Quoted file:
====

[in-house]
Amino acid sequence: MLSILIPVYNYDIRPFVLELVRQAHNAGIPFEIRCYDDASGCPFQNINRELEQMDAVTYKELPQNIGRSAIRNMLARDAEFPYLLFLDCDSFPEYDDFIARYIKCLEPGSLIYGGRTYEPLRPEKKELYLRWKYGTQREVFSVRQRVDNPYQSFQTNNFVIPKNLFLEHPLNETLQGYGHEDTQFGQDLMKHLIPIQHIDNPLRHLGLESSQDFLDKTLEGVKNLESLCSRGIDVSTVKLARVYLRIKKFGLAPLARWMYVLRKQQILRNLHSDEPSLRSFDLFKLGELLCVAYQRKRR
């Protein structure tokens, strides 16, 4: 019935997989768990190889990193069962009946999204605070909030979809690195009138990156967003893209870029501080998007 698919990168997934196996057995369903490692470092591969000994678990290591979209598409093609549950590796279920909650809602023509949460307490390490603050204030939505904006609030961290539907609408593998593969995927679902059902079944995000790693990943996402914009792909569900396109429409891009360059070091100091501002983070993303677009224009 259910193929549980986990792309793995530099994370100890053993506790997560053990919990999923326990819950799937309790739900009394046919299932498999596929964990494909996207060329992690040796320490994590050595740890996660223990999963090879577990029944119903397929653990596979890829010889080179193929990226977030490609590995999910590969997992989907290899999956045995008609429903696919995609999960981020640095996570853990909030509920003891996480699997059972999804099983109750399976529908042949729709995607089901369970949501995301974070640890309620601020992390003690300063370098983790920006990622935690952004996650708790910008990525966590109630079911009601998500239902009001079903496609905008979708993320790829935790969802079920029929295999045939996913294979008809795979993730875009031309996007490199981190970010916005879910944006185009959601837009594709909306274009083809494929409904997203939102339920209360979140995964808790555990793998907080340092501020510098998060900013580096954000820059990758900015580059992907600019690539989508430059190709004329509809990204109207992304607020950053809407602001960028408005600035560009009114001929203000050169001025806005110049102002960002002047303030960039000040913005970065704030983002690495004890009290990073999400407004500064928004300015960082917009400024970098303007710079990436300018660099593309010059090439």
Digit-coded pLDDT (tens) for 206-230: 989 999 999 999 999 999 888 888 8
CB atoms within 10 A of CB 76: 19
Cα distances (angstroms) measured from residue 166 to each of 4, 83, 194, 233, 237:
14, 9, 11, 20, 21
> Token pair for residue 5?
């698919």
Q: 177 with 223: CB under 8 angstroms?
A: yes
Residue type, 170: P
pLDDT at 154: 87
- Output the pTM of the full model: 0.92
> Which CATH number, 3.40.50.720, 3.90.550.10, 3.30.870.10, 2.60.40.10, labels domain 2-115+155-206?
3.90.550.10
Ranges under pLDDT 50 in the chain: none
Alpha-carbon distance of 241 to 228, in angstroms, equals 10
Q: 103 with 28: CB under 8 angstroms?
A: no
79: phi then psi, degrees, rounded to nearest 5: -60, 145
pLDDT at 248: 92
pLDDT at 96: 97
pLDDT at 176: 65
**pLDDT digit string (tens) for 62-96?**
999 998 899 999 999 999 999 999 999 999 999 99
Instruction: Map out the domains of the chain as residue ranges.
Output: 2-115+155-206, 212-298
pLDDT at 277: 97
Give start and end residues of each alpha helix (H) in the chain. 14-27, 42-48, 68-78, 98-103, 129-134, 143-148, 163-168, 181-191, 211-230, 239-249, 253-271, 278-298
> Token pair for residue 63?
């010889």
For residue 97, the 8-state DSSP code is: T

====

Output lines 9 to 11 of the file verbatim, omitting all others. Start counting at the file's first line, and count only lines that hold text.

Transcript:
């698919």
Q: 177 with 223: CB under 8 angstroms?
A: yes